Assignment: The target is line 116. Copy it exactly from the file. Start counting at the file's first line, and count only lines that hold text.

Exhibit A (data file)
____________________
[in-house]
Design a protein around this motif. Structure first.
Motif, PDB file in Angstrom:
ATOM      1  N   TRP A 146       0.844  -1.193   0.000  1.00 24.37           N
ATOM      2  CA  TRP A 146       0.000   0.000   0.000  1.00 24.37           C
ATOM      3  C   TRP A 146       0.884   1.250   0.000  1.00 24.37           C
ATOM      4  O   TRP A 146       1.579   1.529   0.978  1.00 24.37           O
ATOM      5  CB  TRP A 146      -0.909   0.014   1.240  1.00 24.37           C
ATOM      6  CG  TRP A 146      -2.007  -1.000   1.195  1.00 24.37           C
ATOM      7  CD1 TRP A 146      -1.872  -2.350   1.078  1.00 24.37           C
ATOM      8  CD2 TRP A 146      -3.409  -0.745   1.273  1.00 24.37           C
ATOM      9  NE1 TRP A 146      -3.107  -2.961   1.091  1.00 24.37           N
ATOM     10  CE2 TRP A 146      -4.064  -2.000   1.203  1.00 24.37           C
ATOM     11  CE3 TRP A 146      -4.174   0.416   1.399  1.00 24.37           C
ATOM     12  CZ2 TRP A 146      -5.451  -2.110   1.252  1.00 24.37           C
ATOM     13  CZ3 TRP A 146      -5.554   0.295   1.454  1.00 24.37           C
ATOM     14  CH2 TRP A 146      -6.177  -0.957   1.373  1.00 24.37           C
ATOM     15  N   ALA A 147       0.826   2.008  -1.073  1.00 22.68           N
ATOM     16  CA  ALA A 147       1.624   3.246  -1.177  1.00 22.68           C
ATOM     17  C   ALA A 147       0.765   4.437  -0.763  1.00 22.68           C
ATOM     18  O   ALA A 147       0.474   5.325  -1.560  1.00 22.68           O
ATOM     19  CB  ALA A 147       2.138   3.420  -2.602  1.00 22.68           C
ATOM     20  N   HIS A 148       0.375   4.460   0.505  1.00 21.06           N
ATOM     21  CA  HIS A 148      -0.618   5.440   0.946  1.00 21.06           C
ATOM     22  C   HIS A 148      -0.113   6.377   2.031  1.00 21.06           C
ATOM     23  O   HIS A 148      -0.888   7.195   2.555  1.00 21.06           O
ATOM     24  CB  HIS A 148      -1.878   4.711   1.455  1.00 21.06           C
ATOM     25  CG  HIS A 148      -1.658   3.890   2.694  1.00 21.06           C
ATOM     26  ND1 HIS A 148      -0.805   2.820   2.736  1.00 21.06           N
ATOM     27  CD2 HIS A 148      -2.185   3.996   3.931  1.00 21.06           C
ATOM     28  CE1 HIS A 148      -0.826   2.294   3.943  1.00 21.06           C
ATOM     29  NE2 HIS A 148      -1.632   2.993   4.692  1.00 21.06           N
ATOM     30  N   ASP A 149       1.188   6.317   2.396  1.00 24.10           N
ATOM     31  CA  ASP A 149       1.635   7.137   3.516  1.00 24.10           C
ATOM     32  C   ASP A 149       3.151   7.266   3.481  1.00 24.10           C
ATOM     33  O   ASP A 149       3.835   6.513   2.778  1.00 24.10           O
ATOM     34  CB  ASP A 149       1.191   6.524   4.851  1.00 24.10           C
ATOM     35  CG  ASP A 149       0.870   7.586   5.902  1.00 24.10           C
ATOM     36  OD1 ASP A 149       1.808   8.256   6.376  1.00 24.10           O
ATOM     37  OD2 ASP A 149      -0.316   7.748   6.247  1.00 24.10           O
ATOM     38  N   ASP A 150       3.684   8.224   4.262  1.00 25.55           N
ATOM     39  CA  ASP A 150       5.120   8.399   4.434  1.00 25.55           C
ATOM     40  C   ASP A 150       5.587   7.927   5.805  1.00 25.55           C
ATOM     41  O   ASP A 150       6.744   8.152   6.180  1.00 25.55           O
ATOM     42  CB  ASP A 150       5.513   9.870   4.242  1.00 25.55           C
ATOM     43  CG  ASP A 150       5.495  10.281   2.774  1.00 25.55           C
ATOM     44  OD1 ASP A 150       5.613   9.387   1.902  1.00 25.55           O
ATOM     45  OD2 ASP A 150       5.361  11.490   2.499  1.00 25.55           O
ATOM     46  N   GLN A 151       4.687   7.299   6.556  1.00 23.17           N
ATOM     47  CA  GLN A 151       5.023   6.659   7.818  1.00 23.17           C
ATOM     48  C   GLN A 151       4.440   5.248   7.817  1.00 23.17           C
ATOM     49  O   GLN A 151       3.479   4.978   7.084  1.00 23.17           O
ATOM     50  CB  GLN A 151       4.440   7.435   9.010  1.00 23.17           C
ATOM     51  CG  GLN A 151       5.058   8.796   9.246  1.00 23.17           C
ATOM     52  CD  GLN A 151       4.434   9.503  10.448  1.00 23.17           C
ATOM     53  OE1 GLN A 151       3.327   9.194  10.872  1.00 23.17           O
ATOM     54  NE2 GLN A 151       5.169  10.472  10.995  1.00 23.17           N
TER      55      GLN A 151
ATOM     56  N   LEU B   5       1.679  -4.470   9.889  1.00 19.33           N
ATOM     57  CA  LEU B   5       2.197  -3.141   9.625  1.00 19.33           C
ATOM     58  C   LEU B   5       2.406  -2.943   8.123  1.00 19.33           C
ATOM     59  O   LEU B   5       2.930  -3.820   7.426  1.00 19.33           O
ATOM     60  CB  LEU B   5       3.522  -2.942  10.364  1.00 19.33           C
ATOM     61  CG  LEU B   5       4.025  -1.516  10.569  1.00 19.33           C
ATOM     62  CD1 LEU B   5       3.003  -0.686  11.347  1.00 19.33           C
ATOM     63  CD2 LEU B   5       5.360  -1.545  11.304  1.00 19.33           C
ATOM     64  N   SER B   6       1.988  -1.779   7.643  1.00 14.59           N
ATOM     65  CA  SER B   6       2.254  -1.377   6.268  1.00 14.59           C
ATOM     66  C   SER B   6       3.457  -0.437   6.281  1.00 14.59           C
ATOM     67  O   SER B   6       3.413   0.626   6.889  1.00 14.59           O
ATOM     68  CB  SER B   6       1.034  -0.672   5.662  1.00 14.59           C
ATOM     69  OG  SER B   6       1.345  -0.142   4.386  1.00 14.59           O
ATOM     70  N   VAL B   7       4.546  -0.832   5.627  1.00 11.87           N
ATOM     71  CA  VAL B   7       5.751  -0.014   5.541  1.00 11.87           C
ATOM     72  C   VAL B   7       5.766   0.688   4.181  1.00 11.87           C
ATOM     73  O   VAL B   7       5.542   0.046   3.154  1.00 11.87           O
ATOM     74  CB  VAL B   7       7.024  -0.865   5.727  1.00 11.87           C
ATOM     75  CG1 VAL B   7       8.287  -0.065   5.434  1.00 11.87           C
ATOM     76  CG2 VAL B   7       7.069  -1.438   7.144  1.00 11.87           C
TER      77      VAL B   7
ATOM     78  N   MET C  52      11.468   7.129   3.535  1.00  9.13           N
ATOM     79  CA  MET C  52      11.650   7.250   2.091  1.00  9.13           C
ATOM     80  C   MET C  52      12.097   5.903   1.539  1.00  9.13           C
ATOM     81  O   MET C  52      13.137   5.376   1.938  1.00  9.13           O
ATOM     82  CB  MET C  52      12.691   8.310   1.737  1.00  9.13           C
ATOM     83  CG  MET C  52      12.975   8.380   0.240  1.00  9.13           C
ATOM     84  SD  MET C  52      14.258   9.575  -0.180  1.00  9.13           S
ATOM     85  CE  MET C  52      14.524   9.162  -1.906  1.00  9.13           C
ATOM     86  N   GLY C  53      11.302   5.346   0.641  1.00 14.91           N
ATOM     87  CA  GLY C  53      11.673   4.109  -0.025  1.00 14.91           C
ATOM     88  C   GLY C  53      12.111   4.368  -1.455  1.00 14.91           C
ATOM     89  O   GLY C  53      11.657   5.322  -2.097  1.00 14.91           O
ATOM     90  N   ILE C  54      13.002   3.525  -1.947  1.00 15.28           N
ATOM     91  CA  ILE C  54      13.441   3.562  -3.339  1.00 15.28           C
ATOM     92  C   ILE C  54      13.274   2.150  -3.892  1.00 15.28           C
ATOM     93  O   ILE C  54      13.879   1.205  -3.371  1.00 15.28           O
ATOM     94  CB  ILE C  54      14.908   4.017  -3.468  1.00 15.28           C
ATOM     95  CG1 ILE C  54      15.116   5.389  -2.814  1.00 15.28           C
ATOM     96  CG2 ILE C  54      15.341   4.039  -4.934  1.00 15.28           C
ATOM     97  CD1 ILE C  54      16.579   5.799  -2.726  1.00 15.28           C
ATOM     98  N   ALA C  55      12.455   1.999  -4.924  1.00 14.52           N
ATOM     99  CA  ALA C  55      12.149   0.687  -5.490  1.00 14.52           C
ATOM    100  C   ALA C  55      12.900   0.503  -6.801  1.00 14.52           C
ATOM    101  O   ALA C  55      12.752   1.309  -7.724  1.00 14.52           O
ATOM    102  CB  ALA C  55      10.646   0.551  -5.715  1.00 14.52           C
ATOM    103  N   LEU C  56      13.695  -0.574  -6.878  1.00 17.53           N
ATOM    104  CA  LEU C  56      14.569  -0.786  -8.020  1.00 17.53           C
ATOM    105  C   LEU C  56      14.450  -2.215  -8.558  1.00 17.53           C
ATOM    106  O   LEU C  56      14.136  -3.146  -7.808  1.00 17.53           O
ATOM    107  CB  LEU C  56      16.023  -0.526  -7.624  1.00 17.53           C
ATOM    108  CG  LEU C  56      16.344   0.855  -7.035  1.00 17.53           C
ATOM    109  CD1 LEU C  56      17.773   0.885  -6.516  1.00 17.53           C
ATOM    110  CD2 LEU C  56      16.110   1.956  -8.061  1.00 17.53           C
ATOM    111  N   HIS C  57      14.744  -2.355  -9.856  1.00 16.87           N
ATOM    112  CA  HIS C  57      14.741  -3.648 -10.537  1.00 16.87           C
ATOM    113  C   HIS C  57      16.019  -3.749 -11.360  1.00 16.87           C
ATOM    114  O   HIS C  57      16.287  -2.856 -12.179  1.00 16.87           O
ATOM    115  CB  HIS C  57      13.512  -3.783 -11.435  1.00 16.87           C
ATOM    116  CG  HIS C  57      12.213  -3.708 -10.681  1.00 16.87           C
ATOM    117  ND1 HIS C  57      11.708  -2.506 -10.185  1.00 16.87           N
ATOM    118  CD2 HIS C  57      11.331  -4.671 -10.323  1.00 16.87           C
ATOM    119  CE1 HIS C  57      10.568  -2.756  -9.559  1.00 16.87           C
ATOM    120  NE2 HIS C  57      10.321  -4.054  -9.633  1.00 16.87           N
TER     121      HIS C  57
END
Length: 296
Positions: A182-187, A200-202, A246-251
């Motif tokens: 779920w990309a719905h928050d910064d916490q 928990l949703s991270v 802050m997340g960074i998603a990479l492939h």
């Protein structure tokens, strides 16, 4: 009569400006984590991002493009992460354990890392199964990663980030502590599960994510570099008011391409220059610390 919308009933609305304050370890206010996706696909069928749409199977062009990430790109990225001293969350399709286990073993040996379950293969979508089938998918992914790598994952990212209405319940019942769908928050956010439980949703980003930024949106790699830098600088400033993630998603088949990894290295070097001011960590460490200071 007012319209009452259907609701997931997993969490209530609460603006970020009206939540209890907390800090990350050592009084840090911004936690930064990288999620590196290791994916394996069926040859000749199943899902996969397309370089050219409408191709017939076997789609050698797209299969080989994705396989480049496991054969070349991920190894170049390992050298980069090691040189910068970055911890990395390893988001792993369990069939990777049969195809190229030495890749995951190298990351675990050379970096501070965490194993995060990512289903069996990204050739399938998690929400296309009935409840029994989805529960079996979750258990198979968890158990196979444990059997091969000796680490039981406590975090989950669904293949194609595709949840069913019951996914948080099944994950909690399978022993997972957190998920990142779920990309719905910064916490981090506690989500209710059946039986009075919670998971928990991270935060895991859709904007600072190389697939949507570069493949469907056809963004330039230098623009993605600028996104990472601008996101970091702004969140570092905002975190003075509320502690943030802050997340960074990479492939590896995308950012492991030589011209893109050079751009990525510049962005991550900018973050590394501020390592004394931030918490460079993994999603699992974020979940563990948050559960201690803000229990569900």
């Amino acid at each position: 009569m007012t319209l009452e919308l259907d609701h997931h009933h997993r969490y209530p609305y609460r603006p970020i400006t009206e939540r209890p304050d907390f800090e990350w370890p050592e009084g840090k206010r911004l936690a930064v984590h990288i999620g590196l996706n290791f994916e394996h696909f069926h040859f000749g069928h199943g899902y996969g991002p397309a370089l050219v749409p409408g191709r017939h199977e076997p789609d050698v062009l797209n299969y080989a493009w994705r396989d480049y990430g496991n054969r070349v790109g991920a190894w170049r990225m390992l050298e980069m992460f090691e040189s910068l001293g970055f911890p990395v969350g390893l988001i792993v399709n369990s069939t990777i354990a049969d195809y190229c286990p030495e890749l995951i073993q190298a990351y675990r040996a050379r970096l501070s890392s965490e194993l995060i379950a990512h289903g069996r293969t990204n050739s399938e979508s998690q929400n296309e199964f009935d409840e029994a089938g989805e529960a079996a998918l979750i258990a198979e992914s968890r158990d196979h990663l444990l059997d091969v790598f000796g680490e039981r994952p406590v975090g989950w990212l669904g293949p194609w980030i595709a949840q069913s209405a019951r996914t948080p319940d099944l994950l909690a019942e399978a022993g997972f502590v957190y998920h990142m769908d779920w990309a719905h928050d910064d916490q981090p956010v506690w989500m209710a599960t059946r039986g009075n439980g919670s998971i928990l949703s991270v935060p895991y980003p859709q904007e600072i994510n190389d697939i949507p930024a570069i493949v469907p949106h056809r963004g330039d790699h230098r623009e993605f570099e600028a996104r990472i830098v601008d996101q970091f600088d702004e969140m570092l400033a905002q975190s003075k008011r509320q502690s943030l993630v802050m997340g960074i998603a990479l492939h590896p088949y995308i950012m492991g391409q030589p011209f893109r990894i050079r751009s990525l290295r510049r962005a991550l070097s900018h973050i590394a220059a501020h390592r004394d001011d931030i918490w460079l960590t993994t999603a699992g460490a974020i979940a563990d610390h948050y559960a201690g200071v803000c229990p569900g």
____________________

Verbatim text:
ATOM    113  C   HIS C  57      16.019  -3.749 -11.360  1.00 16.87           C